some have termed the spam ’arms race’ .
Spammers have begun to enlist the services The spamhaus project is one the better known
of malware1 authors in order to create viruses blocklist systems, providing several core services.
and worms that aid in the distribution of spam, SBL (Spamhaus Block List) is a real time database
usually with the purpose of concealing its origin. of IP addresses associated with known sources of
In section 3 the growing links between spammers spam. Email servers can easily be conﬁgured to
and malware authors are illustrated, which is one query the SBL on receipt of a message, and dis-
of the main concerns of this practicum. card it if it comes from a veriﬁed spam source.
XBL (Exploits Block List) is similar to SBL,
except it stores the IP addresses of 3rd party ex-
ploits such as open proxies and malware designed
Blocklists are simply databases that contain the to aid in the distribution of spam.
IP addresses of known spam operations or com- ROKSO (Register Of Known Spam Opera-
puter systems that can be exploited to send spam. tors) is a database that stores information and
Most modern SMTP servers can be conﬁgured to evidence on known spam operations. The in-
query a blocklist on receipt of an email message formation in ROKSO can be useful in tracking
, extensible ﬁlters such as SpamAssasin can spammers activities, in particular any ISPs that
also make use of blocklists. they might be using to host their operations.
If the source IP of the message (retrieved Spamhaus’ widespread use by ISPs and other
from the email headers) exists in the database, organisations led to it falling under successive
the server can discard the message altogether or dDoS (section 3.1.3) attacks throughout 2003 by
ﬂag it as possible spam - in this case it is up to the Mimail, Fizzer and SoBig worms. This, and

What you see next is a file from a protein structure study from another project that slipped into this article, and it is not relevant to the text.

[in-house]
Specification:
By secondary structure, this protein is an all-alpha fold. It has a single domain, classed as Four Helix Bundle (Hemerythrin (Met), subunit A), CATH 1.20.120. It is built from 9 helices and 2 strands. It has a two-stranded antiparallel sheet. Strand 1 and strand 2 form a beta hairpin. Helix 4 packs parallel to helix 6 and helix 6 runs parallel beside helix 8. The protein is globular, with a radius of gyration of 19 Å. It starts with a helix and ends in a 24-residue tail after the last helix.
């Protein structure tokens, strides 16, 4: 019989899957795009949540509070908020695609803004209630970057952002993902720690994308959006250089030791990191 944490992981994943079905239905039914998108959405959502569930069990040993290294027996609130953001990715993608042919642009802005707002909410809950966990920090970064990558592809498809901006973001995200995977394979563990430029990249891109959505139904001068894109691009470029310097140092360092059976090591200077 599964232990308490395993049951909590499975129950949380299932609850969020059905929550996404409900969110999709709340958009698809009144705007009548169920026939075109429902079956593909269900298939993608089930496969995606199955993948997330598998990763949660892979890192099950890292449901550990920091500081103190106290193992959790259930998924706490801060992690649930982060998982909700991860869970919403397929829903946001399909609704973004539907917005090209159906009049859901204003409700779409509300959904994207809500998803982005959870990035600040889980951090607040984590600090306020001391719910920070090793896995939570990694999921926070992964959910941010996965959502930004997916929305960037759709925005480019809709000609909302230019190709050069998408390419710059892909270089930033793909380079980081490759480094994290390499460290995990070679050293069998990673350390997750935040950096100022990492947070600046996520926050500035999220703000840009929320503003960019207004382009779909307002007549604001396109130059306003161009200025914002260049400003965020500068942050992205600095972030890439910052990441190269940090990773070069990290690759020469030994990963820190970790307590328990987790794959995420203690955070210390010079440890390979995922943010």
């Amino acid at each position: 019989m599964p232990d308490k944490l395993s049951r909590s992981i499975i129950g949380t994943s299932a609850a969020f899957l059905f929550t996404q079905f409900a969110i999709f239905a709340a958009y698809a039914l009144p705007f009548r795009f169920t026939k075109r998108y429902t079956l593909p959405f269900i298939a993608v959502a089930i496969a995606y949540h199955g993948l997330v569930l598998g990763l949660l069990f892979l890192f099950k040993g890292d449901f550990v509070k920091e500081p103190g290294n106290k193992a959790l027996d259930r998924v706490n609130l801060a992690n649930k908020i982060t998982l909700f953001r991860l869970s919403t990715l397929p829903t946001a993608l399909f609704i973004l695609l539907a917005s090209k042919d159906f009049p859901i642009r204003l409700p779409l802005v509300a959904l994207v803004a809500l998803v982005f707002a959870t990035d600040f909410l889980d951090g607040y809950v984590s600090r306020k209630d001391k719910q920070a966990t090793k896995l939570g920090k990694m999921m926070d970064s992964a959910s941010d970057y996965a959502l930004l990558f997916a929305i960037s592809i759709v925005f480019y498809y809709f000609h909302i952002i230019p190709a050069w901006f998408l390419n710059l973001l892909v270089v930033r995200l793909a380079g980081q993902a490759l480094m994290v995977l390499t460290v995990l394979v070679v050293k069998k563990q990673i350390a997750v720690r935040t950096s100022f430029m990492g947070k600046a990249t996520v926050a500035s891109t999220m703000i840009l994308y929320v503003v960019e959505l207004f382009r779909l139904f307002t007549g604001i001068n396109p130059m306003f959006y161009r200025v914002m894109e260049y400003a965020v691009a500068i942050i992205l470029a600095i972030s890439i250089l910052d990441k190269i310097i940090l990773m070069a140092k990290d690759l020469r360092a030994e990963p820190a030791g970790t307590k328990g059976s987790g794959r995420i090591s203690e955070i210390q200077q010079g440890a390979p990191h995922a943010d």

the client side email application to deal with the other attacks against blocklists are described in
message. section 3.
ISPs, educational institutions, businesses and
government agencies have all made extensive use 2.1.2 Spamcop
of blocklists. Many blocklist systems have come
Spamcop began as a spam notiﬁcation and re-
into being since the earliest, MAPS RBL (section
porting system. Emails reported to SpamCop
2.1.3), began operation in 1996. Some of these
are analysed to determine who originally sent
systems are free, others are partly subscription
them and any email addresses or URLs in the
based providing extra services, more comprehen-
body of the mail are recorded. The SpamCop
An umbrella term for computer viruses, worms and 2
Legitimate servers wrongly listed as sources of spam.
2.2 Alternatives to Blocklists 3
system then contacts the relevant system admin- quite eﬀective . Users of newsgroups and
istrators to inform them about the problem. mailing lists often employed content ﬁltering to
The reporting service quickly gained popu- classify mails according to keywords in the sub-
larity and SpamCop began to oﬀer commercial ject line or the senders address, the mails would
email accounts, site-wide corporate ﬁltering and then be sorted into folders based on this. When
a blocklist service which solicits donations. How- spam ﬁrst began to appear on newsgroups and
ever the blocklist that SpamCop operates has not in email, content based ﬁltering was the natural
been very successful . The listing process that choice to combat it. Because spam emails of-
the SpamCop blocklist employs appears to result ten had characteristic words and phrases it was
in large numbers of legitimate IPs being incor- a simple matter to adapt existing rules to move
rectly listed. spam into special folders or delete it entirely. But
as spammers grew more sophisticated simple ﬁl-
2.1.3 MAPS RBL tering using keywords became less eﬀective.
This forced content based ﬁltering to evolve,